01/10/2015 13:11 BST | Updated 01/10/2016 06:12 BST

BRCA1 and My Preventative Double Mastectomy

Last year at the age of 25 discovered that I carried the mutated BRCA1 gene. This meant I had an 85% risk of getting breast cancer, not the best odds. Everybody actually carries the BRCA1 gene; it controls the growth within cells. The faulty version, however, means the cells can grow uncontrollably and, therefore, turn cancerous.

BRCA1 and 2 mutations account for 20-25% of all hereditary breast cancers and 5-10% of all breast cancers. These mutations also increase your risk of ovarian cancer up to 60%. These are really scary statistics to be faced with at such a young age, especially after I'd watch cancer tear through and destroy my once happy family.

All I could think of was losing my mum at 17. She was 51 when she died, leaving behind me and my two sisters behind. I kept saying to myself, 'I can't die at this age; I need to live for my children.' So, I got myself tested. If only it was as simple as going for your 6 monthly pill check at the GP.


This test entails lengthy counseling before the blood test is done; appointments with doctors and then finally the psychologist. The psychologist for me was the toughest part as she really went into my history and the time around when I lost my mum.

I could see her brain ticking and absorbing the information I gave, carefully calculating in her mind whether I was ready to take on such drastic, life changing surgery. She concluded I was ready, and at this point I was referred to a surgeon.

Questions asked by health care professions included:

How do you think you will cope with losing your breasts?

There is a chance you will wake up with no breasts if for some reason they cannot reconstruct you during the surgery, how do you feel about that?

Do you think you will get cancer?

Have you ever thought about killing yourself?

You won't be able to breastfeed any children you have, how do you feel about that?

All very fair questions, but in my mind all the answers were actually irrelevant, the breasts had to go. I couldn't live my life hoping I would be in the 15% who went unaffected by breast cancer; that was statistically a very slim chance that I wasn't willing to take. I lost my mum, grandma and great auntie to ovarian cancer all very young, evidence of the high risk related to BRCA1 mutation. It is real. And it was very real to me.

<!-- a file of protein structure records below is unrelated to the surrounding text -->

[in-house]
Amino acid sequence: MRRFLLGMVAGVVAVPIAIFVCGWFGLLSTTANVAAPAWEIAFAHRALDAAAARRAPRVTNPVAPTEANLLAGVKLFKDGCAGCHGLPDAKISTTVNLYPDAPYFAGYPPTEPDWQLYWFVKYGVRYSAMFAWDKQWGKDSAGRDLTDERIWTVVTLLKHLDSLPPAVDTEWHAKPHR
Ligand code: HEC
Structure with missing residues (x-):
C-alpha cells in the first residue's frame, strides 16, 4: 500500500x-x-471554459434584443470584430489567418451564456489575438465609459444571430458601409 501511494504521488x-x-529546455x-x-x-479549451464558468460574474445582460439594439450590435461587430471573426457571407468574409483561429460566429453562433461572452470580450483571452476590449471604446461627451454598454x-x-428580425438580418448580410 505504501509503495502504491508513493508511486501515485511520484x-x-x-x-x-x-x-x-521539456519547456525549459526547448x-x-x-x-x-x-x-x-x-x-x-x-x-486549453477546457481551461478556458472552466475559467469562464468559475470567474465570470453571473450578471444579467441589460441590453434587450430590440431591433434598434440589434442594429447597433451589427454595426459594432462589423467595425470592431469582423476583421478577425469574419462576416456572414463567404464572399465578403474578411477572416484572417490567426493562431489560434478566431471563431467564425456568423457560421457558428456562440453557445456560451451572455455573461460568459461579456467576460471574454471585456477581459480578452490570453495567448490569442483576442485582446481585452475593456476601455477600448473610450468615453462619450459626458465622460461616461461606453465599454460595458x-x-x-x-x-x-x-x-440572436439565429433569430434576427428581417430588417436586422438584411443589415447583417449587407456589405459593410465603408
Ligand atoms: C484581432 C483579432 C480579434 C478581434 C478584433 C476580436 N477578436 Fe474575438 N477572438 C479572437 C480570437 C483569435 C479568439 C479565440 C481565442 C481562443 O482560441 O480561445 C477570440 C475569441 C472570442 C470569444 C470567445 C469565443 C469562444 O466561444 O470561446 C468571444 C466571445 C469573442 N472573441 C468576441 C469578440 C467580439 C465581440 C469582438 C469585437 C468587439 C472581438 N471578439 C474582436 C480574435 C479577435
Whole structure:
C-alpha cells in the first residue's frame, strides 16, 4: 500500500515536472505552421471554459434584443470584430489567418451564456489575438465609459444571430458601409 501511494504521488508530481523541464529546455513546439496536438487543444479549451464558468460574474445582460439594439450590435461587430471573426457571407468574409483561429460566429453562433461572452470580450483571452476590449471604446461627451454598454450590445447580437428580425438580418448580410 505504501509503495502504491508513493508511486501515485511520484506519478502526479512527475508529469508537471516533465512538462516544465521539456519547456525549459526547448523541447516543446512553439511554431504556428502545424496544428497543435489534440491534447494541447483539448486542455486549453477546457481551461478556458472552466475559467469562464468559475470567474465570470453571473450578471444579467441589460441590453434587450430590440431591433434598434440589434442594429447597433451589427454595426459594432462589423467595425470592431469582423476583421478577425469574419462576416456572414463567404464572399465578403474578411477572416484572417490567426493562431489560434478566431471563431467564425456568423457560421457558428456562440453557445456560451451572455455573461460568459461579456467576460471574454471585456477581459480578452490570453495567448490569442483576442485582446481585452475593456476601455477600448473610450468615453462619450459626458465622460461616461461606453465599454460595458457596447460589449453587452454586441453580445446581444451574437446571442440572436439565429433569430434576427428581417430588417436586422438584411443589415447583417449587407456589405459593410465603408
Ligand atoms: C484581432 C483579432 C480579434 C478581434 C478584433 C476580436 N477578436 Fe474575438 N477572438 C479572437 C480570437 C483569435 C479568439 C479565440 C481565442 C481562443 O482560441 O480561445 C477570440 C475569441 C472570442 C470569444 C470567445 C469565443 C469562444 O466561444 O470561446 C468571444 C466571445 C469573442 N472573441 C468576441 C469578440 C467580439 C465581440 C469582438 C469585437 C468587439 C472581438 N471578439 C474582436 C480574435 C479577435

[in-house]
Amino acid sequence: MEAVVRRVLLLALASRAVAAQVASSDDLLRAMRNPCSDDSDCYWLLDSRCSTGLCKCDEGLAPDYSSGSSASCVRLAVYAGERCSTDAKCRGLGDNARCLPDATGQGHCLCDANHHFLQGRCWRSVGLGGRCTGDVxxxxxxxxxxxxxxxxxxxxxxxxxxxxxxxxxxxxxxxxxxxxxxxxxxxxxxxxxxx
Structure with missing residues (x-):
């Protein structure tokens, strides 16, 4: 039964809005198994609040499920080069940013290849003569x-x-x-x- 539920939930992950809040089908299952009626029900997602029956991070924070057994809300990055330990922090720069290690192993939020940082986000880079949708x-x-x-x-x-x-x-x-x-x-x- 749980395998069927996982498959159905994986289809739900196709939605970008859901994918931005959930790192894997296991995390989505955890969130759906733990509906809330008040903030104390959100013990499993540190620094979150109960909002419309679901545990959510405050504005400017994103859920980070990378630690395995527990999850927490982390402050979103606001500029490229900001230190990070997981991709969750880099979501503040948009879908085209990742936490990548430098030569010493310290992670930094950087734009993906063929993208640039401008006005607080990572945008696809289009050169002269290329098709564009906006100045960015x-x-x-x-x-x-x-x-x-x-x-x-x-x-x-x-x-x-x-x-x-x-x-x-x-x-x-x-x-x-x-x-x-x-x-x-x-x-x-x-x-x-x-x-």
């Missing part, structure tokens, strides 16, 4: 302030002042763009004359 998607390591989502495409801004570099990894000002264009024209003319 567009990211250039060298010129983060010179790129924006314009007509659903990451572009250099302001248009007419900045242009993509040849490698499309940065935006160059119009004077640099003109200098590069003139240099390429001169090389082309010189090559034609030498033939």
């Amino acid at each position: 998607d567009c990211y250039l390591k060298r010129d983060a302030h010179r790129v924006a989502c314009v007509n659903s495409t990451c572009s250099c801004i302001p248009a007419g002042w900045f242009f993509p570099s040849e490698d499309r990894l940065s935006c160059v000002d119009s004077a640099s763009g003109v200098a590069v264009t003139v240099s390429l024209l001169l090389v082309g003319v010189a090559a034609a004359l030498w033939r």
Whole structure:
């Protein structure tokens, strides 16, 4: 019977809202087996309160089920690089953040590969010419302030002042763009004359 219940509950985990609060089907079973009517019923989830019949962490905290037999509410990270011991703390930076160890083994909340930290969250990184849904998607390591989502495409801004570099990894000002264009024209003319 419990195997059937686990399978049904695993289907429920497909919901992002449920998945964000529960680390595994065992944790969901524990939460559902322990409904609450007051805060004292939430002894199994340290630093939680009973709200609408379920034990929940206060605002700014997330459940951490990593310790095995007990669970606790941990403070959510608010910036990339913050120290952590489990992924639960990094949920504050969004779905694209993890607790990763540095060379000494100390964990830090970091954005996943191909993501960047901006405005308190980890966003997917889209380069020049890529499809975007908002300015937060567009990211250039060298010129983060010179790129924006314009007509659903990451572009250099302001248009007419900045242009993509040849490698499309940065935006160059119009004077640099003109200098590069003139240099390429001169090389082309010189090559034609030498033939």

The average women faces a lifetime risk of 12% of breast cancer, mine was 85%. For those people who don't understand why I have done it I simply say, 'If those were your odds of winning the lottery, would you play?' I knew deep down I would always have a risk reducing double mastectomy which takes the odds right down to about 3%. However, this isn't the only option for women; some opt to have regular surveillance in terms of screening. For me, I just felt like this was endless hospital appointments when I could find a solution to a very big problem and begin to live my life to the full again.

I still have a high risk of ovarian cancer, which scares me more than anything due to my family history. I didn't want to have the two huge black clouds hanging over me, one will do. If I could eliminate one risk, by taking the action I did, I was one step closer to eliminating the lot.

If my mum had this surgery all those years ago I would still have her here to guide me. Instead, I have a memory box full of random items such as an old pill box and her hospital bands. To most people these might seem like junk, but to me it's all I have left of her. Now and then I go and sit on the floor and empty the box and read some of the notes in there and her old diary.

My mum put little notes in each day such as "Still feeling good". It breaks my heart to go through these things but it's the only way I can feel close to her. I know that she will have been 100% behind me in my decision to have my breasts removed and proud of how strong I have been. There have been many nights I've cried myself to sleep in pain or frustration and have wished more than anything she would just walk into my bedroom and sit on the end of my bed like she used to do.

By writing my blog I have managed to help other girls through this journey, as well as raise awareness of what a BRCA1/2 mutation actually is. The photos and struggles are real and anyone can relate to them.

I have also started a new venture nine weeks ago whilst recovering from my surgery. 'Drain Dollies' are bags for women following breast surgery, with 10% of the sale being donated to Genesis Breast Cancer Prevention.

Because of the NHS I now have a below population level risk chance of developing breast cancer. I have a much better chance of watching my children grow up, a chance my mum unfortunately did not get. The ticking time bombs have gone. I have two breasts that nobody would ever know have been through such a journey, a journey that has saved my life and I will be eternally grateful for.


They may have a few scars but they are scars that show determination and courage. I feel lucky to have been armed with knowledge I have and to have been able to act on it. I feel empowered that I made a life changing choice that in no way diminishes my femininity and confidence. I feel life comes with many challenges. The ones that should not scare us are the ones we can take control of...